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15.3 How InnoDB Uses Locks

This section describes how InnoDB uses locks internally and some query modifiers you can use to affect locking.

InnoDB's general locking properties are as follows:

  • InnoDB does not need to set locks to achieve consistent reads because multi-versioning makes them unnecessary. Transactions that modify rows see their own versions of those rows, and the undo logs allow other transactions to see the original rows. Locking reads may be performed by adding locking modifiers to SELECT statements.

  • When locks are necessary, InnoDB uses row-level locking. In conjunction with multi-versioning, this results in good query concurrency because a given table can be read and modified by different clients at the same time. Row-level concurrency properties are as follows:

    • Different clients can read the same rows simultaneously.

    • Different clients can modify different rows simultaneously.

    • Different clients cannot modify the same row at the same time. If one transaction modifies a row, other transactions cannot modify the same row until the first transaction completes. Other transactions cannot read the modified row, either, unless they are using the READ UNCOMMITTED isolation level. That is, they will see the original unmodified row.

  • During the course of a transaction, InnoDB may acquire row locks as it discovers them to be necessary. However, it never escalates a lock (for example, by converting it to a page lock or table lock). This keeps lock contention to a minimum and improves concurrency.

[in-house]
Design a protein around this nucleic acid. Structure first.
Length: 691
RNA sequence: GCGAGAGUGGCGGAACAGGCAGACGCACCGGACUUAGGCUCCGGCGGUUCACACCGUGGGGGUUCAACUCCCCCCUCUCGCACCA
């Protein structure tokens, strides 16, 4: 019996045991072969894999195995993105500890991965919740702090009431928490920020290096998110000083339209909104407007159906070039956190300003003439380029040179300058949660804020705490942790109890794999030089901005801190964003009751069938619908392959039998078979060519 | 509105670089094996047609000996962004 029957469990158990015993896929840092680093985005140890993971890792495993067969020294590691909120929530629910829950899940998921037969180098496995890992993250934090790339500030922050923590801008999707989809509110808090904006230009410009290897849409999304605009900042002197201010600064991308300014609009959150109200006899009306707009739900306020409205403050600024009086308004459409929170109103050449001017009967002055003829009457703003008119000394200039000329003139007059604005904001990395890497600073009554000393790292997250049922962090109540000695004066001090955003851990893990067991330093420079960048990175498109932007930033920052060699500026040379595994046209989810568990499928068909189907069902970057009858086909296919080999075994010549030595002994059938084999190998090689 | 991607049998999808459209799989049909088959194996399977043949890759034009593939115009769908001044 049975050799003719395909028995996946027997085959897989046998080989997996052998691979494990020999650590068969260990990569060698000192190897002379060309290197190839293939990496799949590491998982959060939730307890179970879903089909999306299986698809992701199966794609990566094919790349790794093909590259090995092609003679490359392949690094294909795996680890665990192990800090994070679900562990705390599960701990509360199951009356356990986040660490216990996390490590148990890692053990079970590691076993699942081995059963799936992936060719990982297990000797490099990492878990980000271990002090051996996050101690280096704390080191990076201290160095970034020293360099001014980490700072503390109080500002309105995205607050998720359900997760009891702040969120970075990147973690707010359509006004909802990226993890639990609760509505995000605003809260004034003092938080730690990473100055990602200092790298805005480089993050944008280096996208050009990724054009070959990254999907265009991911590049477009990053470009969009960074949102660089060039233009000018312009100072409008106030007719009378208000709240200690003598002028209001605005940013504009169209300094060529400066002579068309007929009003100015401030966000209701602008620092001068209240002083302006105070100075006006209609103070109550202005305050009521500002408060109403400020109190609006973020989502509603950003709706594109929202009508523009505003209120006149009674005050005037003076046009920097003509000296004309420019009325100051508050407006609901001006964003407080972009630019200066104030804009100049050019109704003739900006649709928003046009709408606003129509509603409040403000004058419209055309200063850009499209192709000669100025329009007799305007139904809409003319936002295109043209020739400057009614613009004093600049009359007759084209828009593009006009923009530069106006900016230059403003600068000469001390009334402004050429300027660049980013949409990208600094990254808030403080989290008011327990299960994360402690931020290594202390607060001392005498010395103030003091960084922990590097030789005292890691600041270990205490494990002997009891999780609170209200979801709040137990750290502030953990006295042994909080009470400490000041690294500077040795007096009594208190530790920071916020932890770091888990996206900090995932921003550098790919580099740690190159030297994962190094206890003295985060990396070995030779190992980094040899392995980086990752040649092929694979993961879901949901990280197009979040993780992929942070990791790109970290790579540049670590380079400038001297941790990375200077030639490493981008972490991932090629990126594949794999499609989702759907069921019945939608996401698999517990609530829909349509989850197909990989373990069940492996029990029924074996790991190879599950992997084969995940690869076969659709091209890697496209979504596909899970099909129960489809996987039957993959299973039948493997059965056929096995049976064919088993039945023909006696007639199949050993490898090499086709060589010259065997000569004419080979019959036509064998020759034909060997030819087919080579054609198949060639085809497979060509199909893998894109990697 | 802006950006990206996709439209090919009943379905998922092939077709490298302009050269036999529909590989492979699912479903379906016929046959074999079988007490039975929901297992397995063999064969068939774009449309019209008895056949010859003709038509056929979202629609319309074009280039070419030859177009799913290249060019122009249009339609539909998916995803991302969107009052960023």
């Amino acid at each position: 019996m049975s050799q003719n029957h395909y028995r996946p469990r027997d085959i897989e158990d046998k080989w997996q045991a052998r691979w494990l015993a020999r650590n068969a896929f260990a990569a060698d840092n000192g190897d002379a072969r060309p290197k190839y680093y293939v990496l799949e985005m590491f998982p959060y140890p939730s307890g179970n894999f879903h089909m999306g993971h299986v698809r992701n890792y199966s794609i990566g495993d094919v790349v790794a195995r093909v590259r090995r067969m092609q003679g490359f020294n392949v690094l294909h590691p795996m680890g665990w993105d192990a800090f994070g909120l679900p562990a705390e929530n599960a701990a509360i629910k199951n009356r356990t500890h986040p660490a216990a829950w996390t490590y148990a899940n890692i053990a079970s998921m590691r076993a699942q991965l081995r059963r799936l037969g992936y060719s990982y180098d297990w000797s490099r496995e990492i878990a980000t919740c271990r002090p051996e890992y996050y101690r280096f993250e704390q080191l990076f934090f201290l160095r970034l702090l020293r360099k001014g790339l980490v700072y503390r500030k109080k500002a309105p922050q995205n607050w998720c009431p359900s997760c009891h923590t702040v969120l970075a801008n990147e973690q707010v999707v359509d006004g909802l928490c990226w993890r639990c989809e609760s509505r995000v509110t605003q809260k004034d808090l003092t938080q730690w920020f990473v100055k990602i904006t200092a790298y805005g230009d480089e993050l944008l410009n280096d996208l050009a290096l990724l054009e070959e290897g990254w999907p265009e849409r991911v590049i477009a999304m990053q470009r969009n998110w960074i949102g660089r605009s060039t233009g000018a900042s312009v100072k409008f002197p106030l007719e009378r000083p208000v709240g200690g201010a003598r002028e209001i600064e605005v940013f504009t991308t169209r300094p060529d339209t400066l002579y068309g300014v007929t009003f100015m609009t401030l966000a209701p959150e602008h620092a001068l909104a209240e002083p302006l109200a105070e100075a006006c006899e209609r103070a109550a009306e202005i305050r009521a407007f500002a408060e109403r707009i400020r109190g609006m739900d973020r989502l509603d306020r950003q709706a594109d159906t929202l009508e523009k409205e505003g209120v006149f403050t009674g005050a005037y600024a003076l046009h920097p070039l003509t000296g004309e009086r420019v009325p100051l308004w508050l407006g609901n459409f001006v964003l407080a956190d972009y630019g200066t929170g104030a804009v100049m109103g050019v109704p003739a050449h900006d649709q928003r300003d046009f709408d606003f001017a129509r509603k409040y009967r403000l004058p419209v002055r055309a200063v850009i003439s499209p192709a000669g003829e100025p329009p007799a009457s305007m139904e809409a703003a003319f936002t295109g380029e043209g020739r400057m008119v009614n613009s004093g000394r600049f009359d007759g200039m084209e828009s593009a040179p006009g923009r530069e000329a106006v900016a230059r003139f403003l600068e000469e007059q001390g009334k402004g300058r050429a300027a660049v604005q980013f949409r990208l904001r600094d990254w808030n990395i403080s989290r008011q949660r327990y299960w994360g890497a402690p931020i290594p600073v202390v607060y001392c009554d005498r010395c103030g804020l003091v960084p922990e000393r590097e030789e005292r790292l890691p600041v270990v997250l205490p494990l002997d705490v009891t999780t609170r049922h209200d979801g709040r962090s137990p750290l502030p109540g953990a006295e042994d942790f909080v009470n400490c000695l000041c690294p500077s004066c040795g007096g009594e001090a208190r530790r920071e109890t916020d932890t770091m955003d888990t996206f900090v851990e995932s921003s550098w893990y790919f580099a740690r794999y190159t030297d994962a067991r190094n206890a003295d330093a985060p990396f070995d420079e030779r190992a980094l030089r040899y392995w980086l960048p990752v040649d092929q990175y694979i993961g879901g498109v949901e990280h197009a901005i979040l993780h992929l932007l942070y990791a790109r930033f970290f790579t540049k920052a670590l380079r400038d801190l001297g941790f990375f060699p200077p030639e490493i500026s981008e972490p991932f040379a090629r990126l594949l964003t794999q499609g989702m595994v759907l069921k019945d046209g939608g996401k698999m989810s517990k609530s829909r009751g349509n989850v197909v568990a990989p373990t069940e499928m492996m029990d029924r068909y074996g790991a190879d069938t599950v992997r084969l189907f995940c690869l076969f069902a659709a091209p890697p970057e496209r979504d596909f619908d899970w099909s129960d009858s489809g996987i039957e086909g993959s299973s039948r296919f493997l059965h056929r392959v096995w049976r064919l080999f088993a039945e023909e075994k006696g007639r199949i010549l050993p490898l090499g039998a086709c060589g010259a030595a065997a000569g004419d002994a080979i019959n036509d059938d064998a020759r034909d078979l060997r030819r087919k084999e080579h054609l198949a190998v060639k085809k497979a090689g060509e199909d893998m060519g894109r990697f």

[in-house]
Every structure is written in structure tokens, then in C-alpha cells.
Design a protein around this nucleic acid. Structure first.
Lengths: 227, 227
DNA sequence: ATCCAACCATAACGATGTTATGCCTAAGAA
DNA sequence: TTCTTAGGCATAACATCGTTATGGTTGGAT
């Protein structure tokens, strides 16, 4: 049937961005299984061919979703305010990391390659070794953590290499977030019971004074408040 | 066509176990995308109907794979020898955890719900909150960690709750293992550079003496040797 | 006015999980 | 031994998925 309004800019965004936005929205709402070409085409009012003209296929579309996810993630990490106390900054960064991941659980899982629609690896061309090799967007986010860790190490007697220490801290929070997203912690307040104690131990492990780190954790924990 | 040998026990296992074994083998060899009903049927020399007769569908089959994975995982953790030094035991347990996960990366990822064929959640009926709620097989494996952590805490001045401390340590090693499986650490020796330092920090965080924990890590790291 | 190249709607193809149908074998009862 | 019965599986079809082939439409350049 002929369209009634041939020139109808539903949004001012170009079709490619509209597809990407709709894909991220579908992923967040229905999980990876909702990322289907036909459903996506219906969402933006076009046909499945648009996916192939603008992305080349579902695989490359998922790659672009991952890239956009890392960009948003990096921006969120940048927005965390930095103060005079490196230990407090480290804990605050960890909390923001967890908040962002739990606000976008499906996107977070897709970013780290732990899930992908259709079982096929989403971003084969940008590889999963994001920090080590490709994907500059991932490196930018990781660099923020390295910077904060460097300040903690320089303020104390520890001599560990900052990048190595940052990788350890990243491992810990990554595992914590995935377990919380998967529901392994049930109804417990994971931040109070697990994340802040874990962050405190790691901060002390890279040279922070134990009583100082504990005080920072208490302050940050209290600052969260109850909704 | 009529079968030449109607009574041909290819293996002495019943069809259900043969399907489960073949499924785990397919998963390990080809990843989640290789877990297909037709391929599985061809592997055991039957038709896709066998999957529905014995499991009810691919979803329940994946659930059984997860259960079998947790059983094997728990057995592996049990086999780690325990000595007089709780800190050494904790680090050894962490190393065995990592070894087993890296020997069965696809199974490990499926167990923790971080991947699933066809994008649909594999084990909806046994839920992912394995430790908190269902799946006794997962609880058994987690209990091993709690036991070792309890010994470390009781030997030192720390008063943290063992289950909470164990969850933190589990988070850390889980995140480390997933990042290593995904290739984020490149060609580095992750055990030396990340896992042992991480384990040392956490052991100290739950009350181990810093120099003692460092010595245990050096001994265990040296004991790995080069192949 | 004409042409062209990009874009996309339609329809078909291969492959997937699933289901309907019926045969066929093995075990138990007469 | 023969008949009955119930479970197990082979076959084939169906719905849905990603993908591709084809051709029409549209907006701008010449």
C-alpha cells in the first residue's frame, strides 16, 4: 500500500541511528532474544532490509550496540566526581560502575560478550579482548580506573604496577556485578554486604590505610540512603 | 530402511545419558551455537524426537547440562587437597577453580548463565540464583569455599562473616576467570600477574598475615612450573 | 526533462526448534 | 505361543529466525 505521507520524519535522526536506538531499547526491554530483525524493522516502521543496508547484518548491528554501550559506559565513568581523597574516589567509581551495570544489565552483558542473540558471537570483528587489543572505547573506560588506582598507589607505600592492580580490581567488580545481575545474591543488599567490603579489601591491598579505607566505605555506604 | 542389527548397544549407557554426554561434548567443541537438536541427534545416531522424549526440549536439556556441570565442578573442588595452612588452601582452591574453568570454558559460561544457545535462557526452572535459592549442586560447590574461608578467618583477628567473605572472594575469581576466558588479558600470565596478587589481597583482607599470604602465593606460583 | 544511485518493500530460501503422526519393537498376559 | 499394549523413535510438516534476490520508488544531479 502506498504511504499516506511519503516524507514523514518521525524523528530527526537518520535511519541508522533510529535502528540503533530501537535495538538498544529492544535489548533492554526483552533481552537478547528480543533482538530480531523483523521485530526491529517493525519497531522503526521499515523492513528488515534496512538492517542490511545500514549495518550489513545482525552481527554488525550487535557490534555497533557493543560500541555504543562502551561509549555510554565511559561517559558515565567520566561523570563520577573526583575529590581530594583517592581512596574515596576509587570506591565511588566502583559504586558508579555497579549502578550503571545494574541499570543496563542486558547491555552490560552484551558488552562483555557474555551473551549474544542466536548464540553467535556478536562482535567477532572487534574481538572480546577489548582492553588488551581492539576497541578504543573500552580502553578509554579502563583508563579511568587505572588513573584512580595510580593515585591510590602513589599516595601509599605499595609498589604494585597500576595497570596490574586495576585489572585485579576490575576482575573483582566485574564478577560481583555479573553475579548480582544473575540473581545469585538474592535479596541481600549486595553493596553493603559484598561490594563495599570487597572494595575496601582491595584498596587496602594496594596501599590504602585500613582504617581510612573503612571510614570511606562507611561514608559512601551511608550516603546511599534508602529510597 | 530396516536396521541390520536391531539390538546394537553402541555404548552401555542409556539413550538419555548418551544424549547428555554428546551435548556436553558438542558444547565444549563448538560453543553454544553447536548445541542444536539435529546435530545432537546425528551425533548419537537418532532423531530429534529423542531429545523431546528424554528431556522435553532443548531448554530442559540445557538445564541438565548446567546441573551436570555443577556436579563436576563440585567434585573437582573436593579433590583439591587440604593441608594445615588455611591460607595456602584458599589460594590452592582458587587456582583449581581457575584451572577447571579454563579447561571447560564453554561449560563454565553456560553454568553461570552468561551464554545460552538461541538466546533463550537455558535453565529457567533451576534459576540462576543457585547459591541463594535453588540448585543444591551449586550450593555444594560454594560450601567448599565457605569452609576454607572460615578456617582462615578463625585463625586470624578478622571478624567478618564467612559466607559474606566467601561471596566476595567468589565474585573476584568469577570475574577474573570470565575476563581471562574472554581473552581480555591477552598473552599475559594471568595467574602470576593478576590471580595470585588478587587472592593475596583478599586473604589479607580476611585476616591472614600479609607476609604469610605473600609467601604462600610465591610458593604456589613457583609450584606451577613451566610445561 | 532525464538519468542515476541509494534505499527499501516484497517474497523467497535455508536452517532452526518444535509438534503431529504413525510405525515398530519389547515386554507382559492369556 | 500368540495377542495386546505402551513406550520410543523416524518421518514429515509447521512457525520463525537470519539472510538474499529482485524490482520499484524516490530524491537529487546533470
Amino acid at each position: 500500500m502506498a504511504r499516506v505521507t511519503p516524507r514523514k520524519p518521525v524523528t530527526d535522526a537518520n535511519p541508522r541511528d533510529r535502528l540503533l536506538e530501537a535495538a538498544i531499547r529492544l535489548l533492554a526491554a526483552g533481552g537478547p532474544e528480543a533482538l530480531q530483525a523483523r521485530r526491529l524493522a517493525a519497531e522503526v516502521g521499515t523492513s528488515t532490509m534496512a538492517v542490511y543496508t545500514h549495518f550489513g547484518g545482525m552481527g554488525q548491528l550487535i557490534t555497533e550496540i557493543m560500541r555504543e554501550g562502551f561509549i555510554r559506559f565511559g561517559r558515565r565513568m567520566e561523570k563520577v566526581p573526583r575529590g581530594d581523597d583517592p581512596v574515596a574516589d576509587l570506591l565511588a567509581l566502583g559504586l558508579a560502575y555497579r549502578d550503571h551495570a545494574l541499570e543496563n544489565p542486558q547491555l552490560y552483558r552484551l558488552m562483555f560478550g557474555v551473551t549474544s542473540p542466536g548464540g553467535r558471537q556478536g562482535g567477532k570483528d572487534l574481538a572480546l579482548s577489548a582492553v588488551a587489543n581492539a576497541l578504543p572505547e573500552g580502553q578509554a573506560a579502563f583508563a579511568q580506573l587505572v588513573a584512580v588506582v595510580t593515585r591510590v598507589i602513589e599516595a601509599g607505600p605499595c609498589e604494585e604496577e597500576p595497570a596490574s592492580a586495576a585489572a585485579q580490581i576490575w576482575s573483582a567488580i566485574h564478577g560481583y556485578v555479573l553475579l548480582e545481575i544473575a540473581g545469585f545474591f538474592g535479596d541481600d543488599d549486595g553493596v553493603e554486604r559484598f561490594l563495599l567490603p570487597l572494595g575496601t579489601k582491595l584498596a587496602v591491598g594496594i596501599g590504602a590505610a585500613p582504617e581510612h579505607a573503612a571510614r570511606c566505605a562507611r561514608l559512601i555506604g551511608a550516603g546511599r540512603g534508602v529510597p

• Deadlock can occur. Deadlock is a situation in which each of two transactions is waiting for the release of a lock that the other holds. For example, if two transactions each lock a different row, and then try to modify the row locked by the other, they can deadlock. Deadlock is possible because InnoDB does not acquire locks during a transaction until they are needed. When InnoDB detects a deadlock, it terminates and rolls back one of the deadlocking transactions. It tries to pick the transaction that has modified the smallest number of rows. If InnoDB does not detect deadlock, the deadlocked transactions eventually begin to time out and InnoDB rolls them back as they do.

InnoDB supports two locking modifiers that may be added to the end of SELECT statements. They acquire shared or exclusive locks and convert nonlocking reads into locking reads:

  • With LOCK IN SHARE MODE, InnoDB locks each selected row with a shared lock. Other transactions can still read the selected rows, but cannot update or delete them until the first transaction releases the locks, which happens when the transaction finishes. Also, if the SELECT will select rows that have been modified in an uncommitted transaction, IN SHARE MODE will cause the SELECT to block until that transaction commits.

  • With FOR UPDATE, InnoDB locks each selected row with an exclusive lock. This is useful if you intend to select and then modify a set of rows, because it prevents other transactions from reading or writing the rows until the first transaction releases the locks, which happens when the transaction finishes.

In the REPEATABLE READ isolation level, you can add LOCK IN SHARE MODE to SELECT operations to force other transactions to wait for your transaction if they want to modify the selected rows. This is similar to operating at the SERIALIZABLE isolation level, for which InnoDB implicitly adds LOCK IN SHARE MODE to SELECT statements that have no explicit locking modifier.

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